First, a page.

the oldest profession in the world?

Rech ochre crayon

Could my trade -swapping something useful to me (money!) for something useful to you (colour!)- be the oldest one human beings have ever exercised? Based on a National Geographic article: The first artists, how creativity made us human, that is totally the case…

One day in 2000, Christopher Henshilwood and his team dug out in Blombos Cave, SA, a small block of engraved red ochre which some human being had 75000 years ago (give or take) etched with a pattern of overlapping, parallel, triangular markings. Why? To mark a belonging or a provenance? Let’s not go as far as saying that it was the first brand’s logo ever (although…) but it feels like a signature of some kind for sure. Over the next decade, similar ‘raw pastel sticks’ were found in other caves along that coastline of South Africa north of Cape Town, as well as evidence of the cave’s inhabitants having methodically ground the ochre into a fine powder and of mixing this pigment with other ingredients to make a paste even as early as 100 000 years ago (Homo Sapiens emerged around then too but the Grotte Chauvet’s delightful paintings would have to wait another 65 000 years however). Abalone shells were used as containers, the oldest ones ever found. What they did with the ‘paint’ is a mystery, nothing remains. One could venture and hope that they had fun painting their hair, the bodies of their lovers, themselves to frighten and educate the young ones but who knows what happened during these centuries upon centuries…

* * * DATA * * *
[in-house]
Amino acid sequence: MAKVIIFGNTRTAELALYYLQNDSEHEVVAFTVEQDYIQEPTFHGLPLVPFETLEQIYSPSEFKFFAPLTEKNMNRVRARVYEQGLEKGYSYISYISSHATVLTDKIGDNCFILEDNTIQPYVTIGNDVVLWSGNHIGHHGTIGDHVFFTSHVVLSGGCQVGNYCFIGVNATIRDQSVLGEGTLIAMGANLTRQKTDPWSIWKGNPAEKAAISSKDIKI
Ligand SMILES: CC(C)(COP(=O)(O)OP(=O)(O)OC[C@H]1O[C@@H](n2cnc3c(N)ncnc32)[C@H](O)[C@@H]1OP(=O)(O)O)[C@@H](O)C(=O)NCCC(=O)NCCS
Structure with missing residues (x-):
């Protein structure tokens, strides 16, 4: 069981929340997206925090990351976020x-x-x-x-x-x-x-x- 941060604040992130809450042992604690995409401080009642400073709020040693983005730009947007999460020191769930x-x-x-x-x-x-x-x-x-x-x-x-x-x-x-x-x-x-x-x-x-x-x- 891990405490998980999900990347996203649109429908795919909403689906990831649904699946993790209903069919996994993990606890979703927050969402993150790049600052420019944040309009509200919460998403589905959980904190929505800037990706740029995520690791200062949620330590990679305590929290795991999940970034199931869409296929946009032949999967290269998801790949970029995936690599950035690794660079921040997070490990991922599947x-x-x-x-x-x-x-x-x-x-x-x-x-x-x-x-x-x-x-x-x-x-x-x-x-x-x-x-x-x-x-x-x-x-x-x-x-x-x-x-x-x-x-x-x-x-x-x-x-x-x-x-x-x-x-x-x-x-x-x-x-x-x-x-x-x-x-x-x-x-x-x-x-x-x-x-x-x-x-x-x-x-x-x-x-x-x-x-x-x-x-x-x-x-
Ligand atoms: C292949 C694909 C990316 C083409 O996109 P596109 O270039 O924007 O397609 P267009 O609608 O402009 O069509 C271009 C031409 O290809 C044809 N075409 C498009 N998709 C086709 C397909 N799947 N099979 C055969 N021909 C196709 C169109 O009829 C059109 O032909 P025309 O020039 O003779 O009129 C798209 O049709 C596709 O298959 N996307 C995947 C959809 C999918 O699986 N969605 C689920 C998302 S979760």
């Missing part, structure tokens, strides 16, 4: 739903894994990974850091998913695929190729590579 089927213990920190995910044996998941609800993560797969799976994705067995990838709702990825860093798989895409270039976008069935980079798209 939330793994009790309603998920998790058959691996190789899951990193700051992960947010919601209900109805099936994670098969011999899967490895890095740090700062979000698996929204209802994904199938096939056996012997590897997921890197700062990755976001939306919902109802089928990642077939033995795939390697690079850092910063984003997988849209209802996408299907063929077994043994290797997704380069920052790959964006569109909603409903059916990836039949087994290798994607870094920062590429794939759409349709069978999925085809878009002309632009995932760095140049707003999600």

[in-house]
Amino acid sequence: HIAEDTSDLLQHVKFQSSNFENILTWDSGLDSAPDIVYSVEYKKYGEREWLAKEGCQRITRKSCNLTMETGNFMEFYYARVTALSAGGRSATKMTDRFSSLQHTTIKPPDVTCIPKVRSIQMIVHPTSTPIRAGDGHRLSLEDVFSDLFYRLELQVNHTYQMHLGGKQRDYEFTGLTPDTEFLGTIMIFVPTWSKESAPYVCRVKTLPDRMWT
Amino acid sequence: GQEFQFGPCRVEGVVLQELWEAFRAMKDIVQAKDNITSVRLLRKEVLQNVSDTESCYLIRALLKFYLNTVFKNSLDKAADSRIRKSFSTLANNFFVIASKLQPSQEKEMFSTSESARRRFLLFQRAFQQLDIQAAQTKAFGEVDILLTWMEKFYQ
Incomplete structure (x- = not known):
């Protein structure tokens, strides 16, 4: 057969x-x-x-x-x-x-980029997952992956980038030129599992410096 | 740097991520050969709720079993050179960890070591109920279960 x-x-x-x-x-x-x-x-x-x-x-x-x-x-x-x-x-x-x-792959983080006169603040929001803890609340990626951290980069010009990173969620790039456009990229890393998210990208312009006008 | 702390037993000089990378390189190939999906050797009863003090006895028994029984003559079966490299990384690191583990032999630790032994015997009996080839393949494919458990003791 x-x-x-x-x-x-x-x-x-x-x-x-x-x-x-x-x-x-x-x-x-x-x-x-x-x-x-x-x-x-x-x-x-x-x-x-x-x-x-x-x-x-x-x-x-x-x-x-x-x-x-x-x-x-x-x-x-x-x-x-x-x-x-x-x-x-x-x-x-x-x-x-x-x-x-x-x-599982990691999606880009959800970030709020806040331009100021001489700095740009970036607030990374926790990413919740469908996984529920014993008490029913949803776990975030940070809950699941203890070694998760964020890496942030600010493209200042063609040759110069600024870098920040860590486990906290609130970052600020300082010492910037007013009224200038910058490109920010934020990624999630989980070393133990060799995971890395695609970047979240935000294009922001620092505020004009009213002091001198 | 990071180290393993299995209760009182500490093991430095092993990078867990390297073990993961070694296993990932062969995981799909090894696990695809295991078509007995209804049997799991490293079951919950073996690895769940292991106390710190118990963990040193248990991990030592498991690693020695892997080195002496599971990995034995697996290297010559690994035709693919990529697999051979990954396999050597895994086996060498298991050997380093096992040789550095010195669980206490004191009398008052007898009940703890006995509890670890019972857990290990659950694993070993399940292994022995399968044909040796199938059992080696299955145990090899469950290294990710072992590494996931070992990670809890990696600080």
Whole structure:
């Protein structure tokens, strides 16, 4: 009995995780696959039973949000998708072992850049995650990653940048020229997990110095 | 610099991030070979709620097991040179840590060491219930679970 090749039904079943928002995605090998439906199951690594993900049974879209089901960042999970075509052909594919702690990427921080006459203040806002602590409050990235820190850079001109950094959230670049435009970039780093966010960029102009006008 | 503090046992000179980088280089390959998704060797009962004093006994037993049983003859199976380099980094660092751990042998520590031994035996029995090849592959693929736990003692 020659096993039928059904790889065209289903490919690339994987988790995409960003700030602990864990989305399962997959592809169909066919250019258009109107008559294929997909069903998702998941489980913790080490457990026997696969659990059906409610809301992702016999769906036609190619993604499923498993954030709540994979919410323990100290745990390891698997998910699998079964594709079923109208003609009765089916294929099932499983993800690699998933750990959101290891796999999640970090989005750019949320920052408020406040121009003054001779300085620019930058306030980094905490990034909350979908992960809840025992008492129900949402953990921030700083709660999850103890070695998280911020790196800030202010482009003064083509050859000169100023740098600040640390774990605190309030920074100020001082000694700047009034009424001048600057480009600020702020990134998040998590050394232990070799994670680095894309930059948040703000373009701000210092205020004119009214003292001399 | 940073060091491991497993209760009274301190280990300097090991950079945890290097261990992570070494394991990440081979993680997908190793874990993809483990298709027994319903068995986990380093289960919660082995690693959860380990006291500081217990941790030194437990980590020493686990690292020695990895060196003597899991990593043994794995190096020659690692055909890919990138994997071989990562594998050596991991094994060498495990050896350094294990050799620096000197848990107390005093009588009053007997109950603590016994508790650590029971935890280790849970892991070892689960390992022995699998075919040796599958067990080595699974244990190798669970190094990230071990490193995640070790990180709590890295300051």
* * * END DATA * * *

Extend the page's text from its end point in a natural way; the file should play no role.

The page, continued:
What we do know though is that no other animal than Sapiens engages in trade. Research, as well as similar finds elsewhere, also shows that the first trading items (apart from information and gossip that is) were shells, beads and… pigments! I’m happy to share the claim of the oldest profession with the shell shop and the bead shop but am still convinced that what happened thereafter to pigments speaks of a human adventure quite incomparable to the story of beads (and of course shells haven’t much of an evolution to tell at all).

So if you would like to know more about pigments, especially those used in your paint, jump to my pages about them by clicking here.

Enjoy and… please share if you liked them!

One Comment Add yours

  1. Alison Berry says:

    Thank you Sabine, how lucky we are to have you in our lives, love your blog and so excited to follow your journey – Ali xx

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